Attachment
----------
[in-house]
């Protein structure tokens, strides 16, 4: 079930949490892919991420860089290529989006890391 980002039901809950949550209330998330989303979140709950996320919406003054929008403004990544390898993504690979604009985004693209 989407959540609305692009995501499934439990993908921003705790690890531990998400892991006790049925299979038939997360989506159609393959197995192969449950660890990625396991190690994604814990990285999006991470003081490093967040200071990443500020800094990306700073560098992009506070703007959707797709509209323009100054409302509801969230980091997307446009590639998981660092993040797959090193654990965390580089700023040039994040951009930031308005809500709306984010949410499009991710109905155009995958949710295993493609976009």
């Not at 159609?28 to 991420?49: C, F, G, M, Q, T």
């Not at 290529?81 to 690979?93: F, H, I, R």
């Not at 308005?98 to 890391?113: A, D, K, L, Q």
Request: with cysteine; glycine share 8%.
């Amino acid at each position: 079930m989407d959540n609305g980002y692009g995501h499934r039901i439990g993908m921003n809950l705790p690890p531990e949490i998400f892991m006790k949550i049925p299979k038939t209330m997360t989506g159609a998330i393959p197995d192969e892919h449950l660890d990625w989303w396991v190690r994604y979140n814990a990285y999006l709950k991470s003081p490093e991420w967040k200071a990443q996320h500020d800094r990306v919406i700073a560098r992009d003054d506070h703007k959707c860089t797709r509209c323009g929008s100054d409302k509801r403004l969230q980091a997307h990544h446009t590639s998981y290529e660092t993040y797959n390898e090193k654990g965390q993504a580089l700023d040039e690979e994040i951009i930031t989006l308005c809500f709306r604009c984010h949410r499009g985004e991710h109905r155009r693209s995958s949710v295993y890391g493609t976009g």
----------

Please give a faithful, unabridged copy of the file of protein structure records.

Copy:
[in-house]
């Protein structure tokens, strides 16, 4: 079930949490892919991420860089290529989006890391 980002039901809950949550209330998330989303979140709950996320919406003054929008403004990544390898993504690979604009985004693209 989407959540609305692009995501499934439990993908921003705790690890531990998400892991006790049925299979038939997360989506159609393959197995192969449950660890990625396991190690994604814990990285999006991470003081490093967040200071990443500020800094990306700073560098992009506070703007959707797709509209323009100054409302509801969230980091997307446009590639998981660092993040797959090193654990965390580089700023040039994040951009930031308005809500709306984010949410499009991710109905155009995958949710295993493609976009």
């Not at 159609?28 to 991420?49: C, F, G, M, Q, T």
């Not at 290529?81 to 690979?93: F, H, I, R």
């Not at 308005?98 to 890391?113: A, D, K, L, Q």
Request: with cysteine; glycine share 8%.
């Amino acid at each position: 079930m989407d959540n609305g980002y692009g995501h499934r039901i439990g993908m921003n809950l705790p690890p531990e949490i998400f892991m006790k949550i049925p299979k038939t209330m997360t989506g159609a998330i393959p197995d192969e892919h449950l660890d990625w989303w396991v190690r994604y979140n814990a990285y999006l709950k991470s003081p490093e991420w967040k200071a990443q996320h500020d800094r990306v919406i700073a560098r992009d003054d506070h703007k959707c860089t797709r509209c323009g929008s100054d409302k509801r403004l969230q980091a997307h990544h446009t590639s998981y290529e660092t993040y797959n390898e090193k654990g965390q993504a580089l700023d040039e690979e994040i951009i930031t989006l308005c809500f709306r604009c984010h949410r499009g985004e991710h109905r155009r693209s995958s949710v295993y890391g493609t976009g």